Uffizi Gallery: the cradle of the Italian art

City of art and home of the Renaissance, of great and famous artists and important works of art, Florence welcomes visitors with a multitude of masterpieces and monuments. The city houses one of the most famous and most visited art museums in the world for its valuable collections of paintings and ancient statues, the Uffizi Gallery, Italian pride and honor. The Uffizi houses a priceless artistic heritage that includes thousands of paintings from medieval to modern age and a large number of ancient sculptures and miniatures.

The gallery was born from a town redevelopment project by Cosimo I de’ Medici, young Tuscan gentleman who, after moving in 1540 to the Palazzo Vecchio, the seat of government, ordered the construction of the building that would house the most important government departments. This building was the Uffizi (offices). It was built by the painter and architect Giorgio Vasari, who began work in 1560. At the couple Cosimo I de ‘Medici-Vasari followed then that the Grand Duke Francesco I and Bernardo Buontalenti, which together with Alfonso Parigi, realized the Uffizi factory. Francis I decided to devote the lodge space on the top floor of Offices at the Gallery, where they would be put ancient statues and portraits of the de’ Medici family and famous men.

Divided into several rooms set up for schools and styles in chronological order, the exhibition displays works from the twelfth to the eighteenth century, with the best collection in the world of Renaissance era works of art. Inside it are hosted some of the greatest masterpieces of humanity, made by artists ranging from Cimabue (The Madonna in Majesty) Caravaggio (Bacchus; Medusa; The Sacrifice of Isaac), Giotto (Madonna di Ognissanti), Leonardo da Vinci (Adoration of the Magi; Annunciation), Michelangelo (Tondo Doni), Raffaello (Madonna of the Goldfinch; Portrait of Pope Leo X), Tiziano (Venus of Urbino), Botticelli (The Birth of Venus; Allegory of Spring; The Madonna of the Magnificat; Adoration of the Magi), Piero della Francesca (Portrait of the Duke and Duchess of Urbino), Canaletto and Parmigianino.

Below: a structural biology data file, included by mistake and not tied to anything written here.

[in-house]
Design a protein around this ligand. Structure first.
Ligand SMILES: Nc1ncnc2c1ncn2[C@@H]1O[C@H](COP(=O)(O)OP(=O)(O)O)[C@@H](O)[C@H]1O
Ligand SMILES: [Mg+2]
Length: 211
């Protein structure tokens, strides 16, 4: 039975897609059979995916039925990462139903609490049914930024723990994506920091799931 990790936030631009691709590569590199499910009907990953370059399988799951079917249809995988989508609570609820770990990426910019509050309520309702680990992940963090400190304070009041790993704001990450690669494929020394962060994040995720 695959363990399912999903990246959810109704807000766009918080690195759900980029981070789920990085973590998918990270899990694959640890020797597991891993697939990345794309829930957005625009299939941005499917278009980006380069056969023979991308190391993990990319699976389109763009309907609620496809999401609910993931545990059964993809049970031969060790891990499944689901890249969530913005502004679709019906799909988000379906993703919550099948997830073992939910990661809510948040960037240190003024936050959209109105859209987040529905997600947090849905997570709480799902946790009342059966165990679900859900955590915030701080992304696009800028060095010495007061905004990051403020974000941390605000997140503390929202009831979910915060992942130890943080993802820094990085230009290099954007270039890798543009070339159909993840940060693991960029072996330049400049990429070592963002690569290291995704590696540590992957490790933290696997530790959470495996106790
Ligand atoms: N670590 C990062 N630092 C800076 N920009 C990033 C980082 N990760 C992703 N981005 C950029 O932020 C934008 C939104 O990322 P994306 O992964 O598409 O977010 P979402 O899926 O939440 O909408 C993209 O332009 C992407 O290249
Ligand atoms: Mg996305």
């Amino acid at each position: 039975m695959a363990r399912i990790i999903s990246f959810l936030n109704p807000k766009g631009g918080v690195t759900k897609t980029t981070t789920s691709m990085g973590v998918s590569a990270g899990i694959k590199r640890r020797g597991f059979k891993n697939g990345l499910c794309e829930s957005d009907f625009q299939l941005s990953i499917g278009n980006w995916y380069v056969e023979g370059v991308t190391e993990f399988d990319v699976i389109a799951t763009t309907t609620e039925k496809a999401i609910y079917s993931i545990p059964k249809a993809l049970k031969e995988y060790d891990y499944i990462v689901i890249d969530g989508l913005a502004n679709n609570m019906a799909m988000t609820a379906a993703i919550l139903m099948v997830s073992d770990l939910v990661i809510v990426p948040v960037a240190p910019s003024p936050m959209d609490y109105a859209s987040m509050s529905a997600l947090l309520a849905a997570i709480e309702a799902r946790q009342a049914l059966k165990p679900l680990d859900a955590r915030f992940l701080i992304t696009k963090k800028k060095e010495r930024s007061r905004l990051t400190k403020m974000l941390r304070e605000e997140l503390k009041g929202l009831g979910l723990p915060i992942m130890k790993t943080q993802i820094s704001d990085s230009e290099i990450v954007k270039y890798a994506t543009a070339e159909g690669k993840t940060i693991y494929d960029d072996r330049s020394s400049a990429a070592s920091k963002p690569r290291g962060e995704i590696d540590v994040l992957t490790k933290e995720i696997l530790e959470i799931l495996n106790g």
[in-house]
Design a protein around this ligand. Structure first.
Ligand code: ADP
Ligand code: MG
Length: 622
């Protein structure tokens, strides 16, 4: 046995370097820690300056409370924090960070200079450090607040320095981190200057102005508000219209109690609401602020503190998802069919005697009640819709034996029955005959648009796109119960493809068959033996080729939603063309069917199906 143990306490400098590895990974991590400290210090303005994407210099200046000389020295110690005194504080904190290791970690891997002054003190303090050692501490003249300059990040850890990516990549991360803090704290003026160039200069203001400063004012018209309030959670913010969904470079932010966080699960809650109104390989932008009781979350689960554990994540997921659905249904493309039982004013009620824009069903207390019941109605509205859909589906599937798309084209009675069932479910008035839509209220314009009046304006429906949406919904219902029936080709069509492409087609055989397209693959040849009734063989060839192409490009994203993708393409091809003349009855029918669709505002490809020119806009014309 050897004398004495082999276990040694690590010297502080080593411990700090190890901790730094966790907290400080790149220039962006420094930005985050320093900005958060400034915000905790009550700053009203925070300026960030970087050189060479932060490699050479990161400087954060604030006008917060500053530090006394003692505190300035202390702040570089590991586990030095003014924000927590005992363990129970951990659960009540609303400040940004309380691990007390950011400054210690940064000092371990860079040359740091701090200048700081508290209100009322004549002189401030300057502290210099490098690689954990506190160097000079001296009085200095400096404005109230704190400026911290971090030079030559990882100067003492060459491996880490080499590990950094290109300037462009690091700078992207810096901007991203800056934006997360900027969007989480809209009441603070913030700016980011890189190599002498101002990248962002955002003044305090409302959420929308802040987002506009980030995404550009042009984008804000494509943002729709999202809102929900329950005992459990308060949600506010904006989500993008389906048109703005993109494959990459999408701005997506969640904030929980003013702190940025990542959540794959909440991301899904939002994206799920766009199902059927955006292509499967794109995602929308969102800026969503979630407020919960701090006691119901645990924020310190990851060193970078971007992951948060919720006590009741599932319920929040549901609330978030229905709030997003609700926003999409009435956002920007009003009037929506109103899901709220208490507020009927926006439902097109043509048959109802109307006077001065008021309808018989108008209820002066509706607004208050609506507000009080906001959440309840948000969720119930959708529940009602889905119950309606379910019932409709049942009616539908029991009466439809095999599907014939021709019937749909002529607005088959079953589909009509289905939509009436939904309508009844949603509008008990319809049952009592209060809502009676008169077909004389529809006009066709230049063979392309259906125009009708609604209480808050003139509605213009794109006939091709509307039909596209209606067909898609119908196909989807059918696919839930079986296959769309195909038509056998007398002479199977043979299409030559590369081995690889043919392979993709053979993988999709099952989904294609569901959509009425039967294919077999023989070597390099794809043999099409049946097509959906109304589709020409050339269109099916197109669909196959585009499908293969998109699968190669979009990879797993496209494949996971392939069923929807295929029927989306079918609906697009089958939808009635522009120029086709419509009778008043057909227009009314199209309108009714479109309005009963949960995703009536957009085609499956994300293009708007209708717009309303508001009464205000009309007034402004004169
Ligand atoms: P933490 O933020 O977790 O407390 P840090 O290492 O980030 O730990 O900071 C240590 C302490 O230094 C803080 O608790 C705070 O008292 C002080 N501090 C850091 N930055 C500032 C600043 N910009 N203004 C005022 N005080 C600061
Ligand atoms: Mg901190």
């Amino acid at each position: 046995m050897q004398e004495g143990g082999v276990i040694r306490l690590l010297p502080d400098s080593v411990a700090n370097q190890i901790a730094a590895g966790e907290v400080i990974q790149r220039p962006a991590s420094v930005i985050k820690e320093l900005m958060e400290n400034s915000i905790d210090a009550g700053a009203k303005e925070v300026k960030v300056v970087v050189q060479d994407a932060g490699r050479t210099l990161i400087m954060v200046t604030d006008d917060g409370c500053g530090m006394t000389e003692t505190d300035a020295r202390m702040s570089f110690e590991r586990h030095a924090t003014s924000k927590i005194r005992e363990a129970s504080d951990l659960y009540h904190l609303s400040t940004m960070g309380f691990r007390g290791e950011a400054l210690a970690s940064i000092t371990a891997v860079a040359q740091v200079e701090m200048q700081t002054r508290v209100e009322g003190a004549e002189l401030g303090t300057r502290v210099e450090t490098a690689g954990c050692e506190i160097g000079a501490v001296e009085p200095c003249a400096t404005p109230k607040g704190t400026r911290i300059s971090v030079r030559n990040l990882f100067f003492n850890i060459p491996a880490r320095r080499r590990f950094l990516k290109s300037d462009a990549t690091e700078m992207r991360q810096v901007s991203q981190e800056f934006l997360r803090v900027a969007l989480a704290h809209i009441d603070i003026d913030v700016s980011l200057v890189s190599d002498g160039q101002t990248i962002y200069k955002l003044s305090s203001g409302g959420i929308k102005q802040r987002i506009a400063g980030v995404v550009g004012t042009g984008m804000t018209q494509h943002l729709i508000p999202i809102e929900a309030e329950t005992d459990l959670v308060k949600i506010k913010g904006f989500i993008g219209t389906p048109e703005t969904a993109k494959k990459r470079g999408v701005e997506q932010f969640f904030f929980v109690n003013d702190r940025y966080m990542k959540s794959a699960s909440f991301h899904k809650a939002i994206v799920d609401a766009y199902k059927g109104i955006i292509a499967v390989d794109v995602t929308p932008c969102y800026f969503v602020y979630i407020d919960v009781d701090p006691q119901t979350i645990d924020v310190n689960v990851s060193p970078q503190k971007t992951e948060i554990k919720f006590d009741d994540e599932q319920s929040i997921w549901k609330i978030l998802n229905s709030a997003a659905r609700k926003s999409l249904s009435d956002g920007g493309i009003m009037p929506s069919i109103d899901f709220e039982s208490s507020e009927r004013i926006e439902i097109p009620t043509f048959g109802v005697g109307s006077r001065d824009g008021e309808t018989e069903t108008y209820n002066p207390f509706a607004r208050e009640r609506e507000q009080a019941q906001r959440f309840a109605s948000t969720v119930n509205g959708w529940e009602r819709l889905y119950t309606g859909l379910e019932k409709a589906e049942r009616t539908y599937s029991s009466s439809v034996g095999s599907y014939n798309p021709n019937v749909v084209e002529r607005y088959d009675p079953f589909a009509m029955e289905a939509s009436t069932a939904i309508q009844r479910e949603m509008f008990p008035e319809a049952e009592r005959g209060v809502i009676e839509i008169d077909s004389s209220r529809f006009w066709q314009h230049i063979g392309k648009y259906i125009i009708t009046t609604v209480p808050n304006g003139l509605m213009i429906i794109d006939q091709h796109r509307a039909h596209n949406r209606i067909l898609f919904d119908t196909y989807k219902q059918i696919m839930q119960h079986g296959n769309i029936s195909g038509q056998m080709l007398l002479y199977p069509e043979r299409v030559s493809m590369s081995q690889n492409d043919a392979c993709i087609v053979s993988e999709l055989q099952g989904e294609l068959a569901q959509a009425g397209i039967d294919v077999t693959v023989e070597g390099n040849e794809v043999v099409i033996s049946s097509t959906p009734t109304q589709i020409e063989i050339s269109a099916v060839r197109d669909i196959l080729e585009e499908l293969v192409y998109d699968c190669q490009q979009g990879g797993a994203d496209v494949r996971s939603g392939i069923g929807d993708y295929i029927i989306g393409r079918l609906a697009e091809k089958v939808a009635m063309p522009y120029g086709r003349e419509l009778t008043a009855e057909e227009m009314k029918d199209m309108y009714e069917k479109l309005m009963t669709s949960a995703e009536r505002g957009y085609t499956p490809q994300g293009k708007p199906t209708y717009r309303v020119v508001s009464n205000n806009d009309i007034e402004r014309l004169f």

Masterpieces that pay tribute to Italian art and not only, in fact, in 1565 Vasari built a corridor (the so-called Vasari Corridor) with the function of linking the offices of the Medici family in the current Gallery and the Pitti Palace, then the residence of the family through Ponte Vecchio, and he decorated the walls with works by Guido Reni, the Carracci, Artemisia Gentileschi.
The presence of important collections of German, Dutch and Flemish painters, including Dürer, Rembrandt, Rubens, Van Dyck, Velázquez, and the famous collection of self-portraits of the artists even more value to this already charming place.

This innovative architectural structure appears as a suspended passage environment; one kilometer long and rather narrow, it is surprising for the scenic view of the Arno and the Church of Santa Felicita. With the construction of The Uffizi Gallery, Giorgio Vasari, Medici’s favourite artist and key figure Artist of the initiatives promoted by the Florentine family, has left an indelible imprint of his artistic versatility and needless to say that the visit to the gallery is a must for those who wish to experience the Tuscan city and the richness of Italian heritage.

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